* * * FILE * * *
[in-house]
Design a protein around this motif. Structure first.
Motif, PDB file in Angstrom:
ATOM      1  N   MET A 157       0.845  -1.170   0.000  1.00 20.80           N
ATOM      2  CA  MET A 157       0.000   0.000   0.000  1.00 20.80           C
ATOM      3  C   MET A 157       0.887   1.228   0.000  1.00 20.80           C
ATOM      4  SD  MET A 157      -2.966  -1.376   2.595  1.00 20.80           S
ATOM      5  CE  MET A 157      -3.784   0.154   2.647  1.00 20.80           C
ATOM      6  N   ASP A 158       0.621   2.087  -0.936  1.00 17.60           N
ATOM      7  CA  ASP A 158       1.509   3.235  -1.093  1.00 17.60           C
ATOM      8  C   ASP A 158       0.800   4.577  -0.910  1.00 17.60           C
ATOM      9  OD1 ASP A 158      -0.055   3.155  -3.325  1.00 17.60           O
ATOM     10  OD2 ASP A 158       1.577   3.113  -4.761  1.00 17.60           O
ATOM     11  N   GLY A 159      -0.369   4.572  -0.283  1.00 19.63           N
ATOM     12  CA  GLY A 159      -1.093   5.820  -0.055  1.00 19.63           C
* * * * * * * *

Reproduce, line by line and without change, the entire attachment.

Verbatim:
[in-house]
Design a protein around this motif. Structure first.
Motif, PDB file in Angstrom:
ATOM      1  N   MET A 157       0.845  -1.170   0.000  1.00 20.80           N
ATOM      2  CA  MET A 157       0.000   0.000   0.000  1.00 20.80           C
ATOM      3  C   MET A 157       0.887   1.228   0.000  1.00 20.80           C
ATOM      4  SD  MET A 157      -2.966  -1.376   2.595  1.00 20.80           S
ATOM      5  CE  MET A 157      -3.784   0.154   2.647  1.00 20.80           C
ATOM      6  N   ASP A 158       0.621   2.087  -0.936  1.00 17.60           N
ATOM      7  CA  ASP A 158       1.509   3.235  -1.093  1.00 17.60           C
ATOM      8  C   ASP A 158       0.800   4.577  -0.910  1.00 17.60           C
ATOM      9  OD1 ASP A 158      -0.055   3.155  -3.325  1.00 17.60           O
ATOM     10  OD2 ASP A 158       1.577   3.113  -4.761  1.00 17.60           O
ATOM     11  N   GLY A 159      -0.369   4.572  -0.283  1.00 19.63           N
ATOM     12  CA  GLY A 159      -1.093   5.820  -0.055  1.00 19.63           C